Marc Benioff probably never imagined that the company he built based on a “family” culture could be entangled with supporting a client well-known for sex trafficking. Recently, 50 women sued Salesforce for playing an integral role in enabling Backpage.com to expand its online operations and reach. They claim that Backpage simply wouldn’t have been able to enslave nearly the amount of women they did had Salesforce not supported the effort.
Perhaps Larry Page and Sergey Brin said it best as they were deciding on a company motto – “Don’t Be Evil”. With the power of software comes great responsibility. However, in today’s unicorn economy and insatiable drive by egomaniac CEOs to reach a trillion dollars in market capitalization, ethical business practices can fall by the wayside if they slow revenue growth.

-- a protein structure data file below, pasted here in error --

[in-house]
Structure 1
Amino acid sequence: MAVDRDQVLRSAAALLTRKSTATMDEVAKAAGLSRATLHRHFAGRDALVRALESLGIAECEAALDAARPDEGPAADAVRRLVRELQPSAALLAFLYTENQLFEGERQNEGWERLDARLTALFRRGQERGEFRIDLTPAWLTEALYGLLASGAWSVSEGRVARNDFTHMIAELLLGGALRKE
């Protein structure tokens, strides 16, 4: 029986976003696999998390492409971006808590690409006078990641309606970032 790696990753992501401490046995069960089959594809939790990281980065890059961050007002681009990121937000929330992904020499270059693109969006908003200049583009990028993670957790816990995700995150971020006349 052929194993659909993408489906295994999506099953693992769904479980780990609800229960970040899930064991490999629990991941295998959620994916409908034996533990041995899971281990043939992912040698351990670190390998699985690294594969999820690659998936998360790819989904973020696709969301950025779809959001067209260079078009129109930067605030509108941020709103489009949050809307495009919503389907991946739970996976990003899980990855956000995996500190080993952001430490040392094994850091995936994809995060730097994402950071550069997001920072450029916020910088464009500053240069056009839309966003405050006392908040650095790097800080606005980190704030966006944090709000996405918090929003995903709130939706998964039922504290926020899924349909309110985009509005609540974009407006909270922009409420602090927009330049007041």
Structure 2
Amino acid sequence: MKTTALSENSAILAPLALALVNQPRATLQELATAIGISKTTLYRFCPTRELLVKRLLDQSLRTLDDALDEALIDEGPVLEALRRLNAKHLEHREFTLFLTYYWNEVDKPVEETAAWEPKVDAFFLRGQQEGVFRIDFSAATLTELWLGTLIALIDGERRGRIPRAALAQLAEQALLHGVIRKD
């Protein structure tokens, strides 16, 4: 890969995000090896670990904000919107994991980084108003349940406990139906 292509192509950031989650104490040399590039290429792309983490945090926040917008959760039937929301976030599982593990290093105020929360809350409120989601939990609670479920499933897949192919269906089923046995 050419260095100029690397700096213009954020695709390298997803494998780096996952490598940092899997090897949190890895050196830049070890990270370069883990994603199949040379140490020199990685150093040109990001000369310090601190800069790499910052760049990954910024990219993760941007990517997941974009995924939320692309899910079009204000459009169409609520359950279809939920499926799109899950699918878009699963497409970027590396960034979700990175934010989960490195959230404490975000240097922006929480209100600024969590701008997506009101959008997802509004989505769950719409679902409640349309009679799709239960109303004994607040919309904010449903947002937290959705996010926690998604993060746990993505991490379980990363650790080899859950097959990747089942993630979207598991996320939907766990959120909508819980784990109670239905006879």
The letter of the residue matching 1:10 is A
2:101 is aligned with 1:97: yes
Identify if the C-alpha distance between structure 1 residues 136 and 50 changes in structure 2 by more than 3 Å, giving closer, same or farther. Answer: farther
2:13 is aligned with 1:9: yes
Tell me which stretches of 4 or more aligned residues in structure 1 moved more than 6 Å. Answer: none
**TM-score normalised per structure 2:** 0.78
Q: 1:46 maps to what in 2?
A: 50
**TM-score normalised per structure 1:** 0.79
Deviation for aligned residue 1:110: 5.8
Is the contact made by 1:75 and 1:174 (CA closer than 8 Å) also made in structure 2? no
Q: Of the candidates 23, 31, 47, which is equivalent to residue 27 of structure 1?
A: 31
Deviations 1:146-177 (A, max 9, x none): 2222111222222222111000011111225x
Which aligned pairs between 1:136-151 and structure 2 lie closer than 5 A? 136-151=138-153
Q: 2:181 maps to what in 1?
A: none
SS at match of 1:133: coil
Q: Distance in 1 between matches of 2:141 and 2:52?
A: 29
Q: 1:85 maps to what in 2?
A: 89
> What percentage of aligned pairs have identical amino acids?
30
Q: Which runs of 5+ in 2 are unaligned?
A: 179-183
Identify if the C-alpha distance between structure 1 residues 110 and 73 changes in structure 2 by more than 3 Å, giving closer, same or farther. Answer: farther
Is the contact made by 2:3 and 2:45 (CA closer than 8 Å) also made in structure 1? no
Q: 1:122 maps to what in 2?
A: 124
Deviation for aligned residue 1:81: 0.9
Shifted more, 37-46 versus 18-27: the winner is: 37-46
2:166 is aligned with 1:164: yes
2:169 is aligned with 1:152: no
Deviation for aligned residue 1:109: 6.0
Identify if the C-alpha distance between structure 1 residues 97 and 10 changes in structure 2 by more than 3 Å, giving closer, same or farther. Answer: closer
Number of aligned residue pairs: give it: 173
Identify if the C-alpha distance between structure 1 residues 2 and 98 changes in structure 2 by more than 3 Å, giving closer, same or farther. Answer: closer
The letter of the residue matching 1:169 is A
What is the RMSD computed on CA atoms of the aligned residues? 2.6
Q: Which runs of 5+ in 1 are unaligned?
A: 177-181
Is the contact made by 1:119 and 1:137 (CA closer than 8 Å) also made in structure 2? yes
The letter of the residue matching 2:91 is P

It’s easy to point fingers in this particular case. Did Backpage truthfully communicate with Salesforce about their business and intentions? Did Salesforce personnel perform adequate diligence to understand the types of activities Backpage was involved in? Does Salesforce corporate have a code of conduct and procedures to follow when a prospective client is questionable?
It seems to be the case that Backpage’s activities were well publicized for years and in fact scrutinized openly in the media, yet Salesforce went ahead and even upsold its client to take on additional solutions and services. Benioff’s drive to reach his next $10 billion in annual revenue was simply too strong for any internal team to shy away from new business, regardless of how shady. Salesforce’s actions beg the question, are Silicon Valley companies and their CEOs so deluded by their lives of grandeur such that not one person in their organization is willing to raise a hand when witnessing something unethical?
While it’s impossible to know every detail to this lawsuit and identify fault, one thing is for sure, Salesforce will be tightening up its Know Your Customer policies and procedures.